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Is A Dumb Public The Force Behind Partisanship?

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Figures of Grief and History near the U.S. Capitol building. (Photo by Astrid Riecken/Getty Images)

Figures of Grief and History near the U.S. Capitol building. (Photo by Astrid Riecken/Getty Images)

Is partisanship a product of a dumber public? According to Rep. Gary Ackerman (D-N.Y.), comity in Congress has reached a low point, and the public’s decreasing intellect is partially to blame.

“It used to be you had real friends on the other side of the aisle,” said Ackerman during a recent interview with Bloomberg Businessweek. “It’s not like that anymore. Society has changed. The public is to blame as well. I think the people have gotten dumber.”

But is society actually getting dumber? Studies show that the average person today would score significantly higher on an IQ test than individuals from past generations. In keeping with these findings, some experts maintain that partisanship is not rooted in a diminishing public intellect, but instead, can be linked to a change in the public’s behavior.

“Public discourse has changed over the years,” said Bill Buck, a Democratic strategist. “Americans have become disconnected with each other. There is really a lack of common experience.”

According to Buck, the fragmentation and frustration of the American people sparks a “vicious cycle,” where voters elect increasingly ideological officials and partisanship develops as a result. Yet, some political consultants believe that this does not make society dumb, but rather, misinformed.

“Voters are much more perceptive than what they are given credit for,” said Abe Dyk, a partner at political media firm Murphy Vogel Askew Reilly, LLC. “But sometimes they don’t get all the information they need.”

Dyk maintains that in recent years, the media has evolved, and today, certain news organizations have a bias and do not always present their audience with the opposing view. As a result, this “media segmentation” fosters political polarization.

“Just look at the comments section, nobody wants to be seen as a moderate,” said Dyk. “Political dialogues get pushed to extremes because of media segmentation. I don’t think the middle of America has changed that much, you just have your activists getting pushed more and more to the left or the right.”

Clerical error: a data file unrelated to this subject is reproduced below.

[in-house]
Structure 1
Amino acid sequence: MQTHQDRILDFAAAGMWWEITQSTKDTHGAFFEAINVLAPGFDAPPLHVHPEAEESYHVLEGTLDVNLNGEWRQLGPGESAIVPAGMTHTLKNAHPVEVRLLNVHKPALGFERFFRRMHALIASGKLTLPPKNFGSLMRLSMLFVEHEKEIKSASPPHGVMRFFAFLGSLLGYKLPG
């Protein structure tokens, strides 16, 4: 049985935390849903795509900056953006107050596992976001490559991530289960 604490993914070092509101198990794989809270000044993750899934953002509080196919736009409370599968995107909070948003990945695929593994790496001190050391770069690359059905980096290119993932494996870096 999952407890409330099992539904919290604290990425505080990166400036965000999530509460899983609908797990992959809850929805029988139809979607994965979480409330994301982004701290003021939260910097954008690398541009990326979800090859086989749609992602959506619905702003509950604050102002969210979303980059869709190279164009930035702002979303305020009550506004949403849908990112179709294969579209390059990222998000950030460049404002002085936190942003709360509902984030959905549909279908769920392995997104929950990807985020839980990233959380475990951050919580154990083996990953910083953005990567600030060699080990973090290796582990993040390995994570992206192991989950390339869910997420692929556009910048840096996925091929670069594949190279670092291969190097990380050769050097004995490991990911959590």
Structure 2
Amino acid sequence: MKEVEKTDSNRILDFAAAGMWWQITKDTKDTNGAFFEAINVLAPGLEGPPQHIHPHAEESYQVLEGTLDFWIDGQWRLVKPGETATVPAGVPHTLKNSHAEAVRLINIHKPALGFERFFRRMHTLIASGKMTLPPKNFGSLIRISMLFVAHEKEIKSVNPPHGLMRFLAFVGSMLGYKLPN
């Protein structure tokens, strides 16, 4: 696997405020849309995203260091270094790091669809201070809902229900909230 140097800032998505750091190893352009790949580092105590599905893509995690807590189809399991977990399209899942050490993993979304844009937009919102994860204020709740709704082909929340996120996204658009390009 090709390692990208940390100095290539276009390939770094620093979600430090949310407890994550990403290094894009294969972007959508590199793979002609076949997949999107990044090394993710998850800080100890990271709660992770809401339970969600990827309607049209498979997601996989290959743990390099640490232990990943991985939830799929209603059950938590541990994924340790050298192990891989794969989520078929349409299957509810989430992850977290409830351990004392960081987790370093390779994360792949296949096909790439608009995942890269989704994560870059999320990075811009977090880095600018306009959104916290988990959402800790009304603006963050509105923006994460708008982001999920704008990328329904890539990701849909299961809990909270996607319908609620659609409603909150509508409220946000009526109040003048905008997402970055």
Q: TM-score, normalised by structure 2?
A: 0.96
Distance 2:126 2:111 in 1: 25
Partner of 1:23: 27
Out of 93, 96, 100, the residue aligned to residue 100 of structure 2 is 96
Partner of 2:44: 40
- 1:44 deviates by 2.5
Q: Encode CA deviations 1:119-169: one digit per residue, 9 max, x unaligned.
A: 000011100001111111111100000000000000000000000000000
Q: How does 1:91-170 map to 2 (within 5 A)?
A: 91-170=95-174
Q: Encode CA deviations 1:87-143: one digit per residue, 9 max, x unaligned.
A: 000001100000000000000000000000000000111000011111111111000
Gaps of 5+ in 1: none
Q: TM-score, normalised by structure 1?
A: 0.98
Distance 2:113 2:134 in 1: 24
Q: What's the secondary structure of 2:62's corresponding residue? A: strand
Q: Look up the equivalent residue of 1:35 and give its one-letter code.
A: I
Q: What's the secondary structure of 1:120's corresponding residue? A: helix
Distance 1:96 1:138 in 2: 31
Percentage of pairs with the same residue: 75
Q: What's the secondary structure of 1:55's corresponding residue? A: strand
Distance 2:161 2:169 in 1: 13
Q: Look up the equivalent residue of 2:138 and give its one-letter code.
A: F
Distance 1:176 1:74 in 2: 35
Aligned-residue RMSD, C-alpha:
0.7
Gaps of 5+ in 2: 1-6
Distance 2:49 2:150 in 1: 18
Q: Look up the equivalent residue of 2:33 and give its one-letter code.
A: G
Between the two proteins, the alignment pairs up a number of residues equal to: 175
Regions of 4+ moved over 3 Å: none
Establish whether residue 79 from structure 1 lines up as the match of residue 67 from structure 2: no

While some attribute the seeming increase in partisanship to certain media outlets and extreme ideologists, others say this polarization can breed intolerance, which can trigger presumptuous attitudes.

“The public isn’t dumber, but with media segmentation and the hyper-partisan atmosphere it certainly makes people less tolerant of different views and more likely to dismiss those people who hold them as dumb,” said Mathews Pierson, Director of Politics at CBS Local.

However, not all strategists believe the media can be blamed for partisanship in Congress. Amos Snead, a Principal at Story Partners, LLC., a political public affairs firm, believes advances in the media have fostered a public that is better educated and more engaged in political affairs.

“I think now there is just more news and information flowing in and out of Congress,” said Snead. “We’re just hearing about it from more directions. You turn on the evening news, it’s politics. You go on Twitter, it’s politics. Social media and digital communications allows the public to play more of a role in the legislative process.”

However, with more access to news comes a greater risk of misinterpretation. For Buck, the media attention surrounding Ackerman’s comment is emblematic of just that.

“[Ackerman] was trying to make a larger point, but people only hear a few words and that’s part of the problem,” said Buck. “Rather than talking about why someone feels that way, or thinking about a problem, it becomes a question surrounding two or three words.”

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